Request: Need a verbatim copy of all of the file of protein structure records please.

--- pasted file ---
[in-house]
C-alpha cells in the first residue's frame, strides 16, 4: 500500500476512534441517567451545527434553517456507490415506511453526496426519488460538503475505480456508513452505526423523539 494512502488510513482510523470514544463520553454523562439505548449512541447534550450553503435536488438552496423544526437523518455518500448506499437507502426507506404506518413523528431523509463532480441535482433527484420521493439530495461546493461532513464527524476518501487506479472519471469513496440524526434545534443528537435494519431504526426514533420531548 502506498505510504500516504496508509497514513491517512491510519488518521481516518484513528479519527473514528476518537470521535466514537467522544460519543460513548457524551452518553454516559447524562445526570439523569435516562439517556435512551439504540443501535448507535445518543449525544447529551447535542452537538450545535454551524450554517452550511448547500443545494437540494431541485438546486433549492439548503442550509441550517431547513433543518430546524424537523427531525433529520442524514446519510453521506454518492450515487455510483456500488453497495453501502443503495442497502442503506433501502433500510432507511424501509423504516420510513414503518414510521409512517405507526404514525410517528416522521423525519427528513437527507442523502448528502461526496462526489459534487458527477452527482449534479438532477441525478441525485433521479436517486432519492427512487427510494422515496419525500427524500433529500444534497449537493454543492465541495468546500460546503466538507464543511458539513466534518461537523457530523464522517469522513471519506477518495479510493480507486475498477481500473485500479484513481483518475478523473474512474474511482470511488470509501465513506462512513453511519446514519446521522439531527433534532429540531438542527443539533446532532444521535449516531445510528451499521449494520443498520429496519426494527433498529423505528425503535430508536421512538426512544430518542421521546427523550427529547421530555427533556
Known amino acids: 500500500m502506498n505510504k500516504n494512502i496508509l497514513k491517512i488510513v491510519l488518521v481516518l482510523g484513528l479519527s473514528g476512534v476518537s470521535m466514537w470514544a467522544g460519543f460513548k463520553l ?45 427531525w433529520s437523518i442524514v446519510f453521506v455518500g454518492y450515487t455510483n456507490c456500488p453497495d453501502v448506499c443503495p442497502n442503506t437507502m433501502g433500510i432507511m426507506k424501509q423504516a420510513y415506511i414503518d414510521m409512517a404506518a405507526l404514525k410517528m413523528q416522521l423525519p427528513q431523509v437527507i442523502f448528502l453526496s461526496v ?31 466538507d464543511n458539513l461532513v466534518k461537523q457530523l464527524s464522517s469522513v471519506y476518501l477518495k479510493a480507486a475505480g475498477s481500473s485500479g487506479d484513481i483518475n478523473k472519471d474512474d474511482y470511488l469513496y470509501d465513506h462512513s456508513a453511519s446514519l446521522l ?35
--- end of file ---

[in-house]
C-alpha cells in the first residue's frame, strides 16, 4: 500500500476512534441517567451545527434553517456507490415506511453526496426519488460538503475505480456508513452505526423523539 494512502488510513482510523470514544463520553454523562439505548449512541447534550450553503435536488438552496423544526437523518455518500448506499437507502426507506404506518413523528431523509463532480441535482433527484420521493439530495461546493461532513464527524476518501487506479472519471469513496440524526434545534443528537435494519431504526426514533420531548 502506498505510504500516504496508509497514513491517512491510519488518521481516518484513528479519527473514528476518537470521535466514537467522544460519543460513548457524551452518553454516559447524562445526570439523569435516562439517556435512551439504540443501535448507535445518543449525544447529551447535542452537538450545535454551524450554517452550511448547500443545494437540494431541485438546486433549492439548503442550509441550517431547513433543518430546524424537523427531525433529520442524514446519510453521506454518492450515487455510483456500488453497495453501502443503495442497502442503506433501502433500510432507511424501509423504516420510513414503518414510521409512517405507526404514525410517528416522521423525519427528513437527507442523502448528502461526496462526489459534487458527477452527482449534479438532477441525478441525485433521479436517486432519492427512487427510494422515496419525500427524500433529500444534497449537493454543492465541495468546500460546503466538507464543511458539513466534518461537523457530523464522517469522513471519506477518495479510493480507486475498477481500473485500479484513481483518475478523473474512474474511482470511488470509501465513506462512513453511519446514519446521522439531527433534532429540531438542527443539533446532532444521535449516531445510528451499521449494520443498520429496519426494527433498529423505528425503535430508536421512538426512544430518542421521546427523550427529547421530555427533556
Known amino acids: 500500500m502506498n505510504k500516504n494512502i496508509l497514513k491517512i488510513v491510519l488518521v481516518l482510523g484513528l479519527s473514528g476512534v476518537s470521535m466514537w470514544a467522544g460519543f460513548k463520553l ?45 427531525w433529520s437523518i442524514v446519510f453521506v455518500g454518492y450515487t455510483n456507490c456500488p453497495d453501502v448506499c443503495p442497502n442503506t437507502m433501502g433500510i432507511m426507506k424501509q423504516a420510513y415506511i414503518d414510521m409512517a404506518a405507526l404514525k410517528m413523528q416522521l423525519p427528513q431523509v437527507i442523502f448528502l453526496s461526496v ?31 466538507d464543511n458539513l461532513v466534518k461537523q457530523l464527524s464522517s469522513v471519506y476518501l477518495k479510493a480507486a475505480g475498477s481500473s485500479g487506479d484513481i483518475n478523473k472519471d474512474d474511482y470511488l469513496y470509501d465513506h462512513s456508513a453511519s446514519l446521522l ?35